If you didn’t build the freeways, housing prices in SF would likely be more expensive and few people would live in the Bay Area. Or we could build lots of really big high rises — but it is not clear that people would prefer that solution (some would; others wouldn’t).

  3. karl, see my answer above and explain how producing primarily expensive sports cars has any more than the smallest marginal beneficial effect on lowering the price of cheap sedans.

    That’s a nice list of mostly yuppie, mostly gay bars, and those bars have large degrees of fungibility with each other, and very little with the 13.

    1. Both Toronado and Noc Noc a few blocks away on Haight have a similar vibe and pricing as Lucky 13. I’ve spent many hours at Lucky 13 — will miss it, but it’s not like its patrons have no alternative but to move to Fremont to find a cheap bar.

  4. Hunter- Conventional S&D curves effectively model idealized markets, but they break when trying to model asset bubbles. Asset bubbles are driven by demand, and no amount of supply can satiate bubble demand; supply feeds the demand, drawing more players into the game. Bubbles only finally deflate when the conditions that feed the speculative mania change (as is currently happening). IOW, you can’t build out of a real estate bubble.

    Yes, a considerable component of the local demand is from well-paid techies, (most of whom would rarely if ever live in the largely run-down housing characterized as “affordable”), but you’re ignoring the effect on the market of the pool of speculative buyers.

    1. You truly do not understand San Francisco. Many of the wealthy new arrivals—tech or otherwise—have moved into “run down” housing you describe because they want to be in popular neighborhoods like Castro, Mission, NoPa, etc. Without the small supply of new condos going into such areas, MORE of them would be showing up at open houses for existing units and bidding up rentals/purchases. Regardless of whether the job market surge is a “bubble” as you assume (markets always fluctuate, so I don’t know what your specific definition of “bubble is”), the increase in salaried residents is going to put a strain on the supply of housing that vastly more vacant units would alleviate.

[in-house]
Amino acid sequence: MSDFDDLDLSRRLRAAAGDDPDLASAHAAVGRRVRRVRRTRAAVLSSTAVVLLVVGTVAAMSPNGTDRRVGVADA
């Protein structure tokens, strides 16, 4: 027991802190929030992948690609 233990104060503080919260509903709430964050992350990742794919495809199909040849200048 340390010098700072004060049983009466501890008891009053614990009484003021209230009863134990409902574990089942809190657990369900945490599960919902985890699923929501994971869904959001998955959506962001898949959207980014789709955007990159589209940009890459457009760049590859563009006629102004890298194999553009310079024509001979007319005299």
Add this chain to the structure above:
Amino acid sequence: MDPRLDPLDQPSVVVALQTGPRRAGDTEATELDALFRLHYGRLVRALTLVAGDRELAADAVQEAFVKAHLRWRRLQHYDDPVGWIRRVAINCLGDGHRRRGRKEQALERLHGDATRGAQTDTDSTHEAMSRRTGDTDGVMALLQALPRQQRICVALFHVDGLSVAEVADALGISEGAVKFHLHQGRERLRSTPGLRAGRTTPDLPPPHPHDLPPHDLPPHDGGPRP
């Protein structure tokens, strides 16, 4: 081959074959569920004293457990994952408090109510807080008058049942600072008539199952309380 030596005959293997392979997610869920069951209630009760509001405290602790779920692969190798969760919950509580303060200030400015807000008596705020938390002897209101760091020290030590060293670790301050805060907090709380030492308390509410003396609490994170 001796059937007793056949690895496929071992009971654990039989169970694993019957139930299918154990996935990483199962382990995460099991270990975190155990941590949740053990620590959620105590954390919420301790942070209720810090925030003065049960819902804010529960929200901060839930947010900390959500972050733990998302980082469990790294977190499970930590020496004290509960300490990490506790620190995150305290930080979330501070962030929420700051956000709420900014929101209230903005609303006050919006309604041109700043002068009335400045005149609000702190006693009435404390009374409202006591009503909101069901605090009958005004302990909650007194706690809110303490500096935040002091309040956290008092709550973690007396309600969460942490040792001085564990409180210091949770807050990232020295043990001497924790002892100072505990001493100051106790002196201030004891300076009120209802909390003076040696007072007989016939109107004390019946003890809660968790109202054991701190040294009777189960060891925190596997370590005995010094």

As is already happening, for those parts of the market that are being flooded (upper end condos, for example) prices are falling well before jobs have been cut. Little to no units have been built for middle-income folks, and yet those rents are also beginning to decrease, so there’s the proof that offering more supply than demand can bring pressure down.

  5. You theory assumes housing is in a bubble which is debatable. What happens to the high end sports car in 3-5-10 years. It goes down in value and is purchased used at a reduced price – aka more affordable to others. Same can and does apply to housing. Today’s high end condo is the next generations average person condo. The area has plenty of dive bars if that is how you’d like to classify L13. I was simply listing those in the same block not classiiing them as yuppy, gay, working class. I’ve never found a lack of bars in any of these categories in the city.

    1. Most likely there are two separate phenomenon occurring right now. A secular increasing of wealth and income disparity. And also a large cyclical boom-bust cycle in housing and other parts of the economy.

      It’s quite easy to see why it’s hard to build your way out of a large boom or bubble. What’s the demand like for a $1M condo that people expect will soon become a $1.6M condo? And globalization of finance combined with low interest rates have greatly expanded the circle of people who can compete for the perception of a large equity payout.

      But all those units built during the boom are still there during the bust. And then without the huge tailwind of price momentum those added units do have a meaningful impact on prices.

      But most likely they will still be priced out of the reach of many and the kicker is that lending loosens up during the boom phase and tightens up during the bust.

      A $3M condo could lose 2/3’s of its value and end up at $1M. But a $1M condo with higher interest rates and tighter lending would still be forever out of reach to many in a country where the median household income is around $50k.

      The cyclical housing downturn will probably not help affordability in the sense that ‘two beers’ would like.

      1. “Many of the wealthy new arrivals—tech or otherwise—have moved into “run down” housing you describe because they want to be in popular neighborhoods”

        “..buildings that are truly from a generation ago (ie. 25 years), […] will be lacking major amenities and typically the “style” demanded by current high-end buyers. ”